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Interesting bug in Windows XP 64-bit Edition

For those of us who run the AMD64 (x64) version of Windows XP 64-Bit Edition, the current build, build 1218, is a bit tricky to install. It's required to run Visual Studio .NET 2005, since the previous build 1184 was too old, but it has a tendency to blue-screen on startup until you trawl the newsgroups and find the hint to change the power management setting to Minimal Power Management. After that it mostly works, as long as you don't try to use Windows Media Player.

Anyway, I was doing some checks on the AMD64 build of VirtualDub 1.6.2, only to discover an annoying problem: the capture module wasn't capturing properly. In fact, the timing module was dropping an alarming amount of frames and was seeing the system clock run at half speed. I launched the 32-bit version to cross-check and sure enough, it too was seeing the clock run at half-rate. Doh! What the heck was going on...?

I tracked the culprit to QueryPerformanceCounter() returning goofy timings. This function is supposed to return a value that corresponds to a stable clock, whose frequency is given by QueryPerformanceFrequency() and whose rate is independent of CPU frequency changes. When I tried to test it at first in a console app QPC() was returning normal values, but then I noticed that:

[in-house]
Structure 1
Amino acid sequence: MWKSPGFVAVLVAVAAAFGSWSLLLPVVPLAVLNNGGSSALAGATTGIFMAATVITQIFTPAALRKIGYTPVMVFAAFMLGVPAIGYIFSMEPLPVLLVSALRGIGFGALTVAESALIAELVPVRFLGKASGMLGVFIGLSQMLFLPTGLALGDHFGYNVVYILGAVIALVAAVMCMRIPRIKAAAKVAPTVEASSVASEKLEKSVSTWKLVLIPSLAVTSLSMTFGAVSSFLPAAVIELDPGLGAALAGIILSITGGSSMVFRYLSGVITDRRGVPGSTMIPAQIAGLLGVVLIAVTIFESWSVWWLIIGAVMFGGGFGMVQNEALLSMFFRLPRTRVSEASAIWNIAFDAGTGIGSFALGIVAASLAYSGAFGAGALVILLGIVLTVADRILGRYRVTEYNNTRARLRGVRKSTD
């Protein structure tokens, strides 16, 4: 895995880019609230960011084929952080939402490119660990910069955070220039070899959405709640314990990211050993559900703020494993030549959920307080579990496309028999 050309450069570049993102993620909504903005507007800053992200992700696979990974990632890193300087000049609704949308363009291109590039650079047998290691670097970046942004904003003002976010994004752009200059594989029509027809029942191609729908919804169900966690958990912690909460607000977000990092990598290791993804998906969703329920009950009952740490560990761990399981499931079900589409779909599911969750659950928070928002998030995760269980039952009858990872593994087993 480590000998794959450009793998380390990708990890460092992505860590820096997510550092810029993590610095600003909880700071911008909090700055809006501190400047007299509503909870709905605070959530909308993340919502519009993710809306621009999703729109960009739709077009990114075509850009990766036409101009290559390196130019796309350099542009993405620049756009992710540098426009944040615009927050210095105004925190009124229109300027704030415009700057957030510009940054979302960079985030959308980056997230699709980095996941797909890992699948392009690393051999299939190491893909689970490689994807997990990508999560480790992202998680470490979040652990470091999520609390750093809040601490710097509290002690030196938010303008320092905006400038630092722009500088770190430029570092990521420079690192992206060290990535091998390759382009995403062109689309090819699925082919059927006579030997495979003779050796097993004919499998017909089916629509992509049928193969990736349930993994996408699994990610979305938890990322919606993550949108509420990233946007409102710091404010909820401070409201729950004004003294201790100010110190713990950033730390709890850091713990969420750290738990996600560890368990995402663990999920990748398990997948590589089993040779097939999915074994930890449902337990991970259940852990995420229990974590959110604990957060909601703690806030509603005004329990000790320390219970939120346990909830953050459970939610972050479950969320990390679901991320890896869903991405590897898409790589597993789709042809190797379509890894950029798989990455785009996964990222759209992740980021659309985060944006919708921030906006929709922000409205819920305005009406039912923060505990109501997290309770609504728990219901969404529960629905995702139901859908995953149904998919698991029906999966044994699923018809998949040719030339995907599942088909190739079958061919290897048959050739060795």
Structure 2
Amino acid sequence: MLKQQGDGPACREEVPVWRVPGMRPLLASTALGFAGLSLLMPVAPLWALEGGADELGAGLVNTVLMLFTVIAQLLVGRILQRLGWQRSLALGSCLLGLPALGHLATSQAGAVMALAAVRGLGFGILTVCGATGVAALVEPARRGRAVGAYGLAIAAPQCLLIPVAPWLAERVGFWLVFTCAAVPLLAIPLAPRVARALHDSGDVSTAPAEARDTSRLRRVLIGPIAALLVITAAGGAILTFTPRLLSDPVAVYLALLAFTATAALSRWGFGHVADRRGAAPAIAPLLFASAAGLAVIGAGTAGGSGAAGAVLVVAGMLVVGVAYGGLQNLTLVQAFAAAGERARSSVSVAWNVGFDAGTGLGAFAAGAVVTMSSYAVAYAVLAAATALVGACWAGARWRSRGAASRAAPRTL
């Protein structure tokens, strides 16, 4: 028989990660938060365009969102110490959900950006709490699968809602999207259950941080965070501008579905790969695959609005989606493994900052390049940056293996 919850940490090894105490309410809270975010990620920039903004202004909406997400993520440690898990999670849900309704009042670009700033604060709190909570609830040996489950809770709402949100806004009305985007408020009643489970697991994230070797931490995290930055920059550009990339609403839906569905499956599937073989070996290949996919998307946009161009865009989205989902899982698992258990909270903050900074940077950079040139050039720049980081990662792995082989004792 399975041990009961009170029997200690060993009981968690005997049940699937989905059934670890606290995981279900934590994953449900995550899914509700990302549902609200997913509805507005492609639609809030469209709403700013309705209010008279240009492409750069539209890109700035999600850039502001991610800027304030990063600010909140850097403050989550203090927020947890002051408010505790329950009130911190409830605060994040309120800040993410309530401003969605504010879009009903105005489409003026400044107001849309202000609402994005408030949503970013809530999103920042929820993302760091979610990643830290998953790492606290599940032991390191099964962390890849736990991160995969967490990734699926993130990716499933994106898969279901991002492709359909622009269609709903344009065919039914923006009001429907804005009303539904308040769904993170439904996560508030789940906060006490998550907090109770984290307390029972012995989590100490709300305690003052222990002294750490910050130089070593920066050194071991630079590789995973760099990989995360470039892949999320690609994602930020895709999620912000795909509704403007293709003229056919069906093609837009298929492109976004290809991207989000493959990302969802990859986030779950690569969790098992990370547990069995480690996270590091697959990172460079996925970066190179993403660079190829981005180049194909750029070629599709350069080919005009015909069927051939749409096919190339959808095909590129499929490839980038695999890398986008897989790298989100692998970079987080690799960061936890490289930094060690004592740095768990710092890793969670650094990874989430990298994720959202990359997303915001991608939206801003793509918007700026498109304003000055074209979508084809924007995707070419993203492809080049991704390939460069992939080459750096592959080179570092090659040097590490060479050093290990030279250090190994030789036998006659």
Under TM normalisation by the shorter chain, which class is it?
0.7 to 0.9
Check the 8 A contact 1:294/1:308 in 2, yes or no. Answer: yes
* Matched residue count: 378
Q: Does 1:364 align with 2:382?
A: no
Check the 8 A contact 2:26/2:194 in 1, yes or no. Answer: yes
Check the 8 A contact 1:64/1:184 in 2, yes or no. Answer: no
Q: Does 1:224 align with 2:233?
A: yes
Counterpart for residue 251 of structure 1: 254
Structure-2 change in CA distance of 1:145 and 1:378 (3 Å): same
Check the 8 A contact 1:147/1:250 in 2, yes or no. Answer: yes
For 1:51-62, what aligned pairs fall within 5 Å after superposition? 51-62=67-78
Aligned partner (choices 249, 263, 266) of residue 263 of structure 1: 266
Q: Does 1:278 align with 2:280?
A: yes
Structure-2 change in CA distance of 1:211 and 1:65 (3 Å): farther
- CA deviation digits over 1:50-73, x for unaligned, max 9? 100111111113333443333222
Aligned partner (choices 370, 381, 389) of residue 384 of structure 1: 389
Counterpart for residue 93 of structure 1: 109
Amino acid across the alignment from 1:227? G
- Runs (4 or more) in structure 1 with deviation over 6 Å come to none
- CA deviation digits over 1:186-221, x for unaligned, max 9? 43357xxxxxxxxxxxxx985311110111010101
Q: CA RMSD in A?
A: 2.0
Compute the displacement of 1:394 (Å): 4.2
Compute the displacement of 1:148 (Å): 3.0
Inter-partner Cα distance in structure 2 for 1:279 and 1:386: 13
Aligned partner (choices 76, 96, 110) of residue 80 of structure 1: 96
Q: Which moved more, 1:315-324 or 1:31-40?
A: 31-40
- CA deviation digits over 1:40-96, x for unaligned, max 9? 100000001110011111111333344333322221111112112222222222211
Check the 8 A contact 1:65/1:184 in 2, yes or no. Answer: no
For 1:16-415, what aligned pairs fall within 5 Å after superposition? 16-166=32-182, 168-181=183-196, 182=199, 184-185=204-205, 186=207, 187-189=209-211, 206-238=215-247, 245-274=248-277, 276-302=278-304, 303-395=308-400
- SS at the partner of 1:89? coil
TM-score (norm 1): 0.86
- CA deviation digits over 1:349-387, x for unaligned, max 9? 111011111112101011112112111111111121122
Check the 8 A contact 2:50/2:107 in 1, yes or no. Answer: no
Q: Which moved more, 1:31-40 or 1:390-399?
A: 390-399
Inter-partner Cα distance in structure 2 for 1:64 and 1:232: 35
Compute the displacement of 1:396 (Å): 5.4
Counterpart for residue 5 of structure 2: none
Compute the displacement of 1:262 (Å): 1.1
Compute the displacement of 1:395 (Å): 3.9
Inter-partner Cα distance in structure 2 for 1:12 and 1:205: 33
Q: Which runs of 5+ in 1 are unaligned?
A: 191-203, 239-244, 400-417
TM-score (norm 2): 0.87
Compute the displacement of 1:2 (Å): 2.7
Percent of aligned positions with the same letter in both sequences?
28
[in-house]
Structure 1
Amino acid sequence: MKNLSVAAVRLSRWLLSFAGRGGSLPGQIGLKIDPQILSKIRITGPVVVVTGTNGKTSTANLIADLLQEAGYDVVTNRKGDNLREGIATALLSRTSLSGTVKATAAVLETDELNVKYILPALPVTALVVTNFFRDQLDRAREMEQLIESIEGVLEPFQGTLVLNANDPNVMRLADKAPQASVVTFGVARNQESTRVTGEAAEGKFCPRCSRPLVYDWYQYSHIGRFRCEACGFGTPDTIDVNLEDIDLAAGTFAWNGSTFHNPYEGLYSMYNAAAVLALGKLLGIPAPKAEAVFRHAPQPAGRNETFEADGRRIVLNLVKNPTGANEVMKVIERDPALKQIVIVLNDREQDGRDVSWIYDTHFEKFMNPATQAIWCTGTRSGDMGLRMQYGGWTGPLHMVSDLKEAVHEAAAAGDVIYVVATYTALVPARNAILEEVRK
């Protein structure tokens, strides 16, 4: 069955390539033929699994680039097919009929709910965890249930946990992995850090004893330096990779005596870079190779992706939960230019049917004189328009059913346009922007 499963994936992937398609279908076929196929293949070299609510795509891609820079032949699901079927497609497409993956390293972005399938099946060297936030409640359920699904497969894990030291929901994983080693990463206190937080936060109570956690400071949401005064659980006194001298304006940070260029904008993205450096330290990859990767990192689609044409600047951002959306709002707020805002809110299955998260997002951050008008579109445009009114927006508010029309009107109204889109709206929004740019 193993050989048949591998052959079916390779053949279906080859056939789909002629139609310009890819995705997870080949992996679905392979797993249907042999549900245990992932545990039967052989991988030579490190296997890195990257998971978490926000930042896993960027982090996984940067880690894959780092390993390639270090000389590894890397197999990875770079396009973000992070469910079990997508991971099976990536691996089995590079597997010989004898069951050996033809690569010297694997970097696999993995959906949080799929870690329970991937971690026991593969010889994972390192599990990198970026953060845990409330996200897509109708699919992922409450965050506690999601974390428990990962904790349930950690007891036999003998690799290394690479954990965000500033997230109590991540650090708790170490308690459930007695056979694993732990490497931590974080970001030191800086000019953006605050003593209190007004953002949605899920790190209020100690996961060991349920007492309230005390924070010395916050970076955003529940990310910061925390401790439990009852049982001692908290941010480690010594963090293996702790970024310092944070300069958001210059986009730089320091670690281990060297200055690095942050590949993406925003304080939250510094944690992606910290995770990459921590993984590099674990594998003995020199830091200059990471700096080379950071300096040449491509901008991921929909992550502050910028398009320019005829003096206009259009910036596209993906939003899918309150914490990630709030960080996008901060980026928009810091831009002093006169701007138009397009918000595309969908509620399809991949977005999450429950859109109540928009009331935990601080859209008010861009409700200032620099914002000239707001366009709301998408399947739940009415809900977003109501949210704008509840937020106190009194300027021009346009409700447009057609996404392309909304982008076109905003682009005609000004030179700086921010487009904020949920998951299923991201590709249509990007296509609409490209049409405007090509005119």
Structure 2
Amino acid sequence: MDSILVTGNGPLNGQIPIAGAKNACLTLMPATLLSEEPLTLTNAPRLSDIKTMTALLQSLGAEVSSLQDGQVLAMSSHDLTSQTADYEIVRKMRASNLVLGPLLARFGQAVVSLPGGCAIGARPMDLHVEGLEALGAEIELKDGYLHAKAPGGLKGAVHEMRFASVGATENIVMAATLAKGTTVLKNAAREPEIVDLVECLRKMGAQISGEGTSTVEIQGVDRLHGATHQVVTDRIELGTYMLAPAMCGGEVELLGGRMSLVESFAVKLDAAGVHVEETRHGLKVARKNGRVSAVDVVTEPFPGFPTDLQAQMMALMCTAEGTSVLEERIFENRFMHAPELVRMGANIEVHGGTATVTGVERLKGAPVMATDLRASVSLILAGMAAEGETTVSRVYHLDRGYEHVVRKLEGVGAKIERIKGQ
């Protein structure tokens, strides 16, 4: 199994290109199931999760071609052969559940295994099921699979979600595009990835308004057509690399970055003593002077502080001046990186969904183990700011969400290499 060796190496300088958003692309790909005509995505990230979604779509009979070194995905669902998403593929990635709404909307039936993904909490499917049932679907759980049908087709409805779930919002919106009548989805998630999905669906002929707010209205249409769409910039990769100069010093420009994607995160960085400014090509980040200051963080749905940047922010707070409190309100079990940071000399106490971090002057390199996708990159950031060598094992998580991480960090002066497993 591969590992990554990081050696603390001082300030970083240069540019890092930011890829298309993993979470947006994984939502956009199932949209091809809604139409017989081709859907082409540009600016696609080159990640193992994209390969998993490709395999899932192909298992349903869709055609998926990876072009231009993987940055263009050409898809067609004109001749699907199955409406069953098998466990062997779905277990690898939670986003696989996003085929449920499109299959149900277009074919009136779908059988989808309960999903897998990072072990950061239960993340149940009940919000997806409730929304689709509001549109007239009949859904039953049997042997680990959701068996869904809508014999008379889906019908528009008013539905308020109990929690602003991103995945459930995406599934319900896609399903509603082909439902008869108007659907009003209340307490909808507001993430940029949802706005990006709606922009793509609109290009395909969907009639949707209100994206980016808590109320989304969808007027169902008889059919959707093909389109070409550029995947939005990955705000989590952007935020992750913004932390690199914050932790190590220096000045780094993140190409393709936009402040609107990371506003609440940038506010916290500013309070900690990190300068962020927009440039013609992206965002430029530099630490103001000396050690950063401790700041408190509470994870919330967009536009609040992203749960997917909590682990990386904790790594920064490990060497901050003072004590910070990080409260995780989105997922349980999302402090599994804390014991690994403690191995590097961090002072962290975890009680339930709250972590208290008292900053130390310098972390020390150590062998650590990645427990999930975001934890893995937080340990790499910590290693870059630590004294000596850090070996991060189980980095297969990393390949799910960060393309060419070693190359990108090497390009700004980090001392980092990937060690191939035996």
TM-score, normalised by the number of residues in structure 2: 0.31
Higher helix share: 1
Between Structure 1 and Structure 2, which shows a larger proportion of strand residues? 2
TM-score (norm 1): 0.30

I then realized what was going on. The capture test I was doing wasn't using more than 10% of the CPU, so the CPU was throttling to a lower speed -- and since QPC() was using CPU ticks, the tick counts returned were rising slower than they should have been according to QPF(). My test app took 100% of the CPU, so it forced the CPU clock back to full rate and eliminated the discrepancy. The obvious solution was thus to make VirtualDub's capture module always take 100% of the CPU.


VirtualDub only uses the high-performance timer in the capture module for the DirectShow and emulation drivers, so you're not likely to hit this given that there are no capture drivers that I know of for 64-bit Windows. However, I can imagine that this might cause other programs to act erratically, so if you think programs are running too slowly for this reason, changing the power management setting to Always On seems to fix it. This disables CPU throttling. Remember that if you pick a power mode that causes your system to blue-screen, you can reboot to safe mode to change it back.


This blog was originally open for comments when this entry was first posted, but was later closed and then removed due to spam and after a migration away from the original blog software. Unfortunately, it would have been a lot of work to reformat the comments to republish them. The author thanks everyone who posted comments and added to the discussion.